Sunday, May 07, 2017

Charles Cobelle: 
Painting Joy and Happiness
Thousands of people enjoy the art of Charles Cobelle every day without going to a gallery or museum — his colorful murals of French scenes enliven the walls in buildings across the country, and even in ships that sail the seas.
And the scenes are always bright. “He didn’t want a rainy day — he only wanted happy days,” said a Pennsylvania art gallery owner.  “You’ll never see a rainy, dark day in any of his pieces.” 
Born Charles Edelman in Germany in 1902, Cobelle was trained as an architect at the University of Munich. He changed his name to simply “Cobelle” after moving to Paris where he
began studying at the Ecole des Beaux-Arts. More important for his art, however, were the many hours he spent working privately with Marc Chagall and Raoul Dufy.
Even after moving to the United states in the late 1920s, his work was filled with Parisian street scenes, impressions of the Riviera, French race tracks, and casinos — but almost always, showing people having fun.
One writer described Cobelle’s work this way: “The subjects in Cobelle’s paintings were not
of actual locations or events, but they nevertheless convey the excitement of the places that they depict. This imagery, combined with a vibrant palette of expressive colors, creates a world full of verve and wit that effortlessly transcends reality.
“His paintings are characterized by thin, descriptive line-work over broad patches of bold color. First, Cobelle would map out a scene in blocks of bold, expressive color. Then, he would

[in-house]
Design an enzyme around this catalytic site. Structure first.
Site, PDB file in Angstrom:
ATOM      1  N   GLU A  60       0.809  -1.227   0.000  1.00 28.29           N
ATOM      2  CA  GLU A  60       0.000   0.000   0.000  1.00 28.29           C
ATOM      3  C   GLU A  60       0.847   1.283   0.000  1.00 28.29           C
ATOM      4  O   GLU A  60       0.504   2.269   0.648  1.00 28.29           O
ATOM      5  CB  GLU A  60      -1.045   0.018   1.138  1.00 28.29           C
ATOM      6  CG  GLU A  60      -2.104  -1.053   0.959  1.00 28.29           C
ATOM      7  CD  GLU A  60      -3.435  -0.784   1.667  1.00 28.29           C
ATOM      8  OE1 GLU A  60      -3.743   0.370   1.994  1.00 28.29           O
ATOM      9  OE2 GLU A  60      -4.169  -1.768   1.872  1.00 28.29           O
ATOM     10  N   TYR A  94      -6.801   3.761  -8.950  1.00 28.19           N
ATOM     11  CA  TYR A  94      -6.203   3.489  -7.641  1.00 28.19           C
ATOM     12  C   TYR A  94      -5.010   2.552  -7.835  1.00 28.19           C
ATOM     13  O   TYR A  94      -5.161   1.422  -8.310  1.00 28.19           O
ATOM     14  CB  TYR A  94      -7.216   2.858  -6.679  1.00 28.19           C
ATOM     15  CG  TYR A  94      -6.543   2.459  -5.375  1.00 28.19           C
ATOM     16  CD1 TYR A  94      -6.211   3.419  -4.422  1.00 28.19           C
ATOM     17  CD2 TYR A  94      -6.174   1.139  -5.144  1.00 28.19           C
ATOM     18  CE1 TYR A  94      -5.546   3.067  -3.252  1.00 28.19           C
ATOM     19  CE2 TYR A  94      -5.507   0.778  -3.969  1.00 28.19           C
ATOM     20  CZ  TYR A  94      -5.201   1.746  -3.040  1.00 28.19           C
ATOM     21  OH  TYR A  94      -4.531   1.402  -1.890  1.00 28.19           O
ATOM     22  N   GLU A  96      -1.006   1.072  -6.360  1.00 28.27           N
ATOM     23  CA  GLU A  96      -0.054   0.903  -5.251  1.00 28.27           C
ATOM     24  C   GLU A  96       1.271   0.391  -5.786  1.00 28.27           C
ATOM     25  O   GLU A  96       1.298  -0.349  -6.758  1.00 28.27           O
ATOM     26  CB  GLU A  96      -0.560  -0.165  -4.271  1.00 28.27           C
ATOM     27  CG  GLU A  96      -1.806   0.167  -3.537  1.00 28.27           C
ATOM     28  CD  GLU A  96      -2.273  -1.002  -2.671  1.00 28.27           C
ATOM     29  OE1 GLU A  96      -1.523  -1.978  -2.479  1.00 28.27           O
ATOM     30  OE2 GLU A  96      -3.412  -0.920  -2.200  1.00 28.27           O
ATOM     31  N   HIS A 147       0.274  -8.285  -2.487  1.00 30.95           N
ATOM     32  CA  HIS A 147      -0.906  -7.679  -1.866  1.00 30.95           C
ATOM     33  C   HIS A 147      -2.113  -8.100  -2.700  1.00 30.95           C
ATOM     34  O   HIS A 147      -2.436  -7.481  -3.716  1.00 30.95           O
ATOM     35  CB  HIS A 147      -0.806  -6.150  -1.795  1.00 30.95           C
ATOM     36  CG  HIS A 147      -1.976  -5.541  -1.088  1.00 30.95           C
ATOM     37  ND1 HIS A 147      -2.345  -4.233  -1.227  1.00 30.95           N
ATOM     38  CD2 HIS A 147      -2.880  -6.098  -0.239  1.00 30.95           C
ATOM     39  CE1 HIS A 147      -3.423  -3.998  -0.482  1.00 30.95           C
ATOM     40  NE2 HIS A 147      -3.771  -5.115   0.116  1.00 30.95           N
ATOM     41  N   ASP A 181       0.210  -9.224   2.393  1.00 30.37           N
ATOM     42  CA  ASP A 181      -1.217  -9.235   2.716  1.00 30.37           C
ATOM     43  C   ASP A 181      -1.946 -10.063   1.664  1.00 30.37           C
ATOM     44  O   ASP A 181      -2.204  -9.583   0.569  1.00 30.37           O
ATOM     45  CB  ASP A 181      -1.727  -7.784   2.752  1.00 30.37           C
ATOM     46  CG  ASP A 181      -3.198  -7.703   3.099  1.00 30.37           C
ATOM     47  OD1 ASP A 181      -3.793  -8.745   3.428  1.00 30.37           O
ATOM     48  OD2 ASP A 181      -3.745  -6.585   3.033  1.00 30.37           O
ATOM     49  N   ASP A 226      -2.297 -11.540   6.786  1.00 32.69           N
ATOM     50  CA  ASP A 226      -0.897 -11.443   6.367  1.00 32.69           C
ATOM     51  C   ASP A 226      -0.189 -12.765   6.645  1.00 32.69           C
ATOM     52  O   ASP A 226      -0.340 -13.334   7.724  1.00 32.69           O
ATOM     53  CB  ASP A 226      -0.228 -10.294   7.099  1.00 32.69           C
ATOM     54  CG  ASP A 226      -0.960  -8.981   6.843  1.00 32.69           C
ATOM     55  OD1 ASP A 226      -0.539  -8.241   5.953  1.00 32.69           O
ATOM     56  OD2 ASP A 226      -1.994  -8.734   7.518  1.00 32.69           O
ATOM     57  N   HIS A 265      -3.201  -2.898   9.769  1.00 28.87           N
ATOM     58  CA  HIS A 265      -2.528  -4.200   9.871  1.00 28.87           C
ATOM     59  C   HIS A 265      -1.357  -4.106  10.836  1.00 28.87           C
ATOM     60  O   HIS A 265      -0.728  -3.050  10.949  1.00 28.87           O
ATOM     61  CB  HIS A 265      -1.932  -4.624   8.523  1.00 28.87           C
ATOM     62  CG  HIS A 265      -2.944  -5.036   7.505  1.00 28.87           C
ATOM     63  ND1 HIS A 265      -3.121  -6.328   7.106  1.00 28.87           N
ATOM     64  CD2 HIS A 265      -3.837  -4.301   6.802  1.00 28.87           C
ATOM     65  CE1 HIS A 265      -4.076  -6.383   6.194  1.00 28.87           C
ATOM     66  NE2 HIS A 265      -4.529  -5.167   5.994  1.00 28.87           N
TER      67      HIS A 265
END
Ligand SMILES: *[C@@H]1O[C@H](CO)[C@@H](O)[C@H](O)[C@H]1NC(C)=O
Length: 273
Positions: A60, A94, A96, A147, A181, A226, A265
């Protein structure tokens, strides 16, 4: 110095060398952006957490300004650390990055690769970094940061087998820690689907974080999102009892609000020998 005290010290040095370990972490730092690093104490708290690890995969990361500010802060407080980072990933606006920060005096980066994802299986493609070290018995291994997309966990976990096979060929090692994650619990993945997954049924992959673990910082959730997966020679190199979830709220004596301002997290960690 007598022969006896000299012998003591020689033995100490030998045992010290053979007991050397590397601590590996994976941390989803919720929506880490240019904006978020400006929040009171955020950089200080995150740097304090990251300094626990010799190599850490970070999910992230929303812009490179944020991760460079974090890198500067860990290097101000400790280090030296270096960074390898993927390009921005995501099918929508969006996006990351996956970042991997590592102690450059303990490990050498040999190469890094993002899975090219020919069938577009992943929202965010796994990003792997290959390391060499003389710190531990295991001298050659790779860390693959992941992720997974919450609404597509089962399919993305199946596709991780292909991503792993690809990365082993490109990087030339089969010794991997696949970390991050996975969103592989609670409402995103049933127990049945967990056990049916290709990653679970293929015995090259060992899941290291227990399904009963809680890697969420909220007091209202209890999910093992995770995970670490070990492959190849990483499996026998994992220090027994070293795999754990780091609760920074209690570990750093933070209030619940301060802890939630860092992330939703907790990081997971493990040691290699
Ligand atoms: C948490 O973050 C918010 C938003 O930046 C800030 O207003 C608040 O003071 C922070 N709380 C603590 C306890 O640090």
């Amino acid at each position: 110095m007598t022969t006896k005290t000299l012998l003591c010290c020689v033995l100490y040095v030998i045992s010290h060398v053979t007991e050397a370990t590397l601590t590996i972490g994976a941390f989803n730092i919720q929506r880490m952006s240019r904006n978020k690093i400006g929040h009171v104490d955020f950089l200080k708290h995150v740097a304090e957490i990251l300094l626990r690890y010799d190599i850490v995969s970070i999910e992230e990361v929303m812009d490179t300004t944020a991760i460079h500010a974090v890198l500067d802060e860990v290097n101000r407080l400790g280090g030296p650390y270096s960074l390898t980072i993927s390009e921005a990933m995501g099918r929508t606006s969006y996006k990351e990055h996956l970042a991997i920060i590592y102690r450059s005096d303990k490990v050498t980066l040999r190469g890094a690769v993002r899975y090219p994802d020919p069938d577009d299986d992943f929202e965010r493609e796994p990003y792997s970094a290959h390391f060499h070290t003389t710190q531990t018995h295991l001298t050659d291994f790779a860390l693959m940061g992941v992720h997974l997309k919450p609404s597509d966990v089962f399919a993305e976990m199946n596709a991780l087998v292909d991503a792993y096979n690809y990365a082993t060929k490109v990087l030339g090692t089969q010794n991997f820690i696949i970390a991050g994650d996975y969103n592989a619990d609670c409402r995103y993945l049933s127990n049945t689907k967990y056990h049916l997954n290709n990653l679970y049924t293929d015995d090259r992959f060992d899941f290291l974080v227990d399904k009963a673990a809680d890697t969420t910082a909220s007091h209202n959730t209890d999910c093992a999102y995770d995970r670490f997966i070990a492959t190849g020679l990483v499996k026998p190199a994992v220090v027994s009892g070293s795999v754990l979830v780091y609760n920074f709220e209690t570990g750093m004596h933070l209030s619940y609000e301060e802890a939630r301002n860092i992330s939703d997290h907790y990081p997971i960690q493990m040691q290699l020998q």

define the imagery with spontaneous, fluid line work.
“Many of his paintings were painted on canvas with mixed media — oils, acrylics, tempera, conte crayon, ink, whatever was at hand.”
In the United States, Cobelle became a prolific and popular artist and muralist. His murals could be found throughout the country at such places as the Henry Ford Museum, the offices of
Neiman Marcus, Gimbels, and Bloomingdale’s, hotels like The Desert Inn in Las Vegas and Mark Hopkins in San Francisco, and the ships of Holland American Lines.
He also did murals for the 1939 World’s Fair. 
In Ridgefield, his murals can be found at Bernard’s Inn on West Lane and at Boehringer
Ingelheim’s headquarters.
Cobelle did commercial art for the likes of Milton Bradley, Helena Rubenstein, and American Artists Group Greeting Cards, and his paintings appeared on the covers of many
magazines, including Town and Country. He also did pottery designs for such companies as Midwinter Stylecraft, Universal Potteries and Homer Laughlin China.
Cobelle lived in Westport  before moving to Ridgefield where he lived for 32 years, first on
Barlow Mountain Road and then Seth Low Mountain Road .
In 1965, he lost most of his early work as well as records and correspondence when a fire destroyed his studio on Barlow Mountain Road.
Cobelle died in 1994 at the age of 92 and is buried in St. Mary Cemetery.
His love of color and bright city scenes live today in the paintings of his daughter, Christina “Tina” Cobelle-Sturges, who grew up in Ridgefield and whose oils and watercolors,  well-known on the regional art scene, were influenced by her father.
“As Cobelle’s child, I would see him constantly creating and painting everything that would bring joy and happiness to the world around him,” she once said. “The reason for Cobelle’s popular success is the joie de vivre that characterizes all of his work.”



No comments: